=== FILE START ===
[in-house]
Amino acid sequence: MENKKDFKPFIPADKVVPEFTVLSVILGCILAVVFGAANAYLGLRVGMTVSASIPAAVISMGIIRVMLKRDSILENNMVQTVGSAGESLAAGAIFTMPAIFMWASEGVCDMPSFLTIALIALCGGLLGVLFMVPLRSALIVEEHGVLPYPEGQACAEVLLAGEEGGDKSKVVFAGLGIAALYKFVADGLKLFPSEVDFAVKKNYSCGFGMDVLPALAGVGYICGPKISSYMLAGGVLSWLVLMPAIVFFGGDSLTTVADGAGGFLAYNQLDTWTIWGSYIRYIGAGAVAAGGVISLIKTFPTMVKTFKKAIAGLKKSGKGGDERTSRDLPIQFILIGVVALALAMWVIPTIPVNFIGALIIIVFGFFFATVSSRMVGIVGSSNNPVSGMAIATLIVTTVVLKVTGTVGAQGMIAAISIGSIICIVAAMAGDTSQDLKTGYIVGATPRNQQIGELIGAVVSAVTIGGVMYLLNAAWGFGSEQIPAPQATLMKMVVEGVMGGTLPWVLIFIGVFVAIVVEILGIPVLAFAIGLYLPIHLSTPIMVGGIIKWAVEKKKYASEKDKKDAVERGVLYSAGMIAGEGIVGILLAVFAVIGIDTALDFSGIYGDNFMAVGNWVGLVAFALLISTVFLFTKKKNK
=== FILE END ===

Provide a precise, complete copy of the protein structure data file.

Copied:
[in-house]
Amino acid sequence: MENKKDFKPFIPADKVVPEFTVLSVILGCILAVVFGAANAYLGLRVGMTVSASIPAAVISMGIIRVMLKRDSILENNMVQTVGSAGESLAAGAIFTMPAIFMWASEGVCDMPSFLTIALIALCGGLLGVLFMVPLRSALIVEEHGVLPYPEGQACAEVLLAGEEGGDKSKVVFAGLGIAALYKFVADGLKLFPSEVDFAVKKNYSCGFGMDVLPALAGVGYICGPKISSYMLAGGVLSWLVLMPAIVFFGGDSLTTVADGAGGFLAYNQLDTWTIWGSYIRYIGAGAVAAGGVISLIKTFPTMVKTFKKAIAGLKKSGKGGDERTSRDLPIQFILIGVVALALAMWVIPTIPVNFIGALIIIVFGFFFATVSSRMVGIVGSSNNPVSGMAIATLIVTTVVLKVTGTVGAQGMIAAISIGSIICIVAAMAGDTSQDLKTGYIVGATPRNQQIGELIGAVVSAVTIGGVMYLLNAAWGFGSEQIPAPQATLMKMVVEGVMGGTLPWVLIFIGVFVAIVVEILGIPVLAFAIGLYLPIHLSTPIMVGGIIKWAVEKKKYASEKDKKDAVERGVLYSAGMIAGEGIVGILLAVFAVIGIDTALDFSGIYGDNFMAVGNWVGLVAFALLISTVFLFTKKKNK